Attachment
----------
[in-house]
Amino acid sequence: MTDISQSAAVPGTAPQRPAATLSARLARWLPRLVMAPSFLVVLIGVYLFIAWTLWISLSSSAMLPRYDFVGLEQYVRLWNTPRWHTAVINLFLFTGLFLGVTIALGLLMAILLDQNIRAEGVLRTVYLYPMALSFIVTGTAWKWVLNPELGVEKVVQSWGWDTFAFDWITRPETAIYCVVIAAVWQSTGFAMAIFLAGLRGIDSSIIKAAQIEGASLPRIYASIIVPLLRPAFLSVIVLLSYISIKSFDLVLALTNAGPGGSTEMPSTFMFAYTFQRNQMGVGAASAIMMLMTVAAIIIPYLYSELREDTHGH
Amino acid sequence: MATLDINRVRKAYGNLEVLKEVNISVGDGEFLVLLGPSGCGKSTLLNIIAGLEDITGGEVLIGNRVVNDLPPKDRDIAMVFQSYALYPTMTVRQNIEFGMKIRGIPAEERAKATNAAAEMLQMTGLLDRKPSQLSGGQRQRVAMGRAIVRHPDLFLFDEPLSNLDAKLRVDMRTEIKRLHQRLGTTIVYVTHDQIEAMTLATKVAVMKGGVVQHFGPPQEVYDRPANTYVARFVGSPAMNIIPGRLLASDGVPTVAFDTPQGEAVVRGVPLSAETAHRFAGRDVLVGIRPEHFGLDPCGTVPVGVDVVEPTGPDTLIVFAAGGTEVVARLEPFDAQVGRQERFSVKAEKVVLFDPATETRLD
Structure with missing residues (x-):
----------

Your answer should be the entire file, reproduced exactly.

[in-house]
Amino acid sequence: MTDISQSAAVPGTAPQRPAATLSARLARWLPRLVMAPSFLVVLIGVYLFIAWTLWISLSSSAMLPRYDFVGLEQYVRLWNTPRWHTAVINLFLFTGLFLGVTIALGLLMAILLDQNIRAEGVLRTVYLYPMALSFIVTGTAWKWVLNPELGVEKVVQSWGWDTFAFDWITRPETAIYCVVIAAVWQSTGFAMAIFLAGLRGIDSSIIKAAQIEGASLPRIYASIIVPLLRPAFLSVIVLLSYISIKSFDLVLALTNAGPGGSTEMPSTFMFAYTFQRNQMGVGAASAIMMLMTVAAIIIPYLYSELREDTHGH
Amino acid sequence: MATLDINRVRKAYGNLEVLKEVNISVGDGEFLVLLGPSGCGKSTLLNIIAGLEDITGGEVLIGNRVVNDLPPKDRDIAMVFQSYALYPTMTVRQNIEFGMKIRGIPAEERAKATNAAAEMLQMTGLLDRKPSQLSGGQRQRVAMGRAIVRHPDLFLFDEPLSNLDAKLRVDMRTEIKRLHQRLGTTIVYVTHDQIEAMTLATKVAVMKGGVVQHFGPPQEVYDRPANTYVARFVGSPAMNIIPGRLLASDGVPTVAFDTPQGEAVVRGVPLSAETAHRFAGRDVLVGIRPEHFGLDPCGTVPVGVDVVEPTGPDTLIVFAAGGTEVVARLEPFDAQVGRQERFSVKAEKVVLFDPATETRLD
Structure with missing residues (x-):